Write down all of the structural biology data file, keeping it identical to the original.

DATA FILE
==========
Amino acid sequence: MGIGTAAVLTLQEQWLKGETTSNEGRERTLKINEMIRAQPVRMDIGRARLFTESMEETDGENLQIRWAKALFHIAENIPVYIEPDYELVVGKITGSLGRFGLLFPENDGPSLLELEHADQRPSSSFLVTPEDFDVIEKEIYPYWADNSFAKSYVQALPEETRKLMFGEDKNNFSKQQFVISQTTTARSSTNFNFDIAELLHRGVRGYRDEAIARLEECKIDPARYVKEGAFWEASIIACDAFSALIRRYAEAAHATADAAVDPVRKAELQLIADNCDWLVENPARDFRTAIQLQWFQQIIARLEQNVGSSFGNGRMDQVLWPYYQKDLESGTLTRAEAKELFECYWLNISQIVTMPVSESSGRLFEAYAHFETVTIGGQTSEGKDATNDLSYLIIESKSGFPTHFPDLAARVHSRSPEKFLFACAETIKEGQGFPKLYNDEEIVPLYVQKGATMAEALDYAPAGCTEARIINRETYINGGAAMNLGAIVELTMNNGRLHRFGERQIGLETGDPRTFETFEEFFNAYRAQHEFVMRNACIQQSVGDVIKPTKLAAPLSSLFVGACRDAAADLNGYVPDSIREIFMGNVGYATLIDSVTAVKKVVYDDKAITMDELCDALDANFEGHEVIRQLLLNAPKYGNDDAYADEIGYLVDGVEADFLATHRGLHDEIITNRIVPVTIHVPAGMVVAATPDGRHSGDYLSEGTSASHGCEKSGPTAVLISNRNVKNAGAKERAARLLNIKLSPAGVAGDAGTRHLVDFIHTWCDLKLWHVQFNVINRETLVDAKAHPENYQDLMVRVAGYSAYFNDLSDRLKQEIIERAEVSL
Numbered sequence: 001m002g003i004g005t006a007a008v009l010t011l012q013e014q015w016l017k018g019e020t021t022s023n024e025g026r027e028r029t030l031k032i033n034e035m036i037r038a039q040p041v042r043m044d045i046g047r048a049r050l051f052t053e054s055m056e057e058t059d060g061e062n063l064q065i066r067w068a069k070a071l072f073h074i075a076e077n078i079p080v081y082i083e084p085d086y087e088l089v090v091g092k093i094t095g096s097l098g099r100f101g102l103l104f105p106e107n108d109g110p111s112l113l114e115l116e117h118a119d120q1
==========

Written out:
Amino acid sequence: MGIGTAAVLTLQEQWLKGETTSNEGRERTLKINEMIRAQPVRMDIGRARLFTESMEETDGENLQIRWAKALFHIAENIPVYIEPDYELVVGKITGSLGRFGLLFPENDGPSLLELEHADQRPSSSFLVTPEDFDVIEKEIYPYWADNSFAKSYVQALPEETRKLMFGEDKNNFSKQQFVISQTTTARSSTNFNFDIAELLHRGVRGYRDEAIARLEECKIDPARYVKEGAFWEASIIACDAFSALIRRYAEAAHATADAAVDPVRKAELQLIADNCDWLVENPARDFRTAIQLQWFQQIIARLEQNVGSSFGNGRMDQVLWPYYQKDLESGTLTRAEAKELFECYWLNISQIVTMPVSESSGRLFEAYAHFETVTIGGQTSEGKDATNDLSYLIIESKSGFPTHFPDLAARVHSRSPEKFLFACAETIKEGQGFPKLYNDEEIVPLYVQKGATMAEALDYAPAGCTEARIINRETYINGGAAMNLGAIVELTMNNGRLHRFGERQIGLETGDPRTFETFEEFFNAYRAQHEFVMRNACIQQSVGDVIKPTKLAAPLSSLFVGACRDAAADLNGYVPDSIREIFMGNVGYATLIDSVTAVKKVVYDDKAITMDELCDALDANFEGHEVIRQLLLNAPKYGNDDAYADEIGYLVDGVEADFLATHRGLHDEIITNRIVPVTIHVPAGMVVAATPDGRHSGDYLSEGTSASHGCEKSGPTAVLISNRNVKNAGAKERAARLLNIKLSPAGVAGDAGTRHLVDFIHTWCDLKLWHVQFNVINRETLVDAKAHPENYQDLMVRVAGYSAYFNDLSDRLKQEIIERAEVSL
Numbered sequence: 001m002g003i004g005t006a007a008v009l010t011l012q013e014q015w016l017k018g019e020t021t022s023n024e025g026r027e028r029t030l031k032i033n034e035m036i037r038a039q040p041v042r043m044d045i046g047r048a049r050l051f052t053e054s055m056e057e058t059d060g061e062n063l064q065i066r067w068a069k070a071l072f073h074i075a076e077n078i079p080v081y082i083e084p085d086y087e088l089v090v091g092k093i094t095g096s097l098g099r100f101g102l103l104f105p106e107n108d109g110p111s112l113l114e115l116e117h118a119d120q1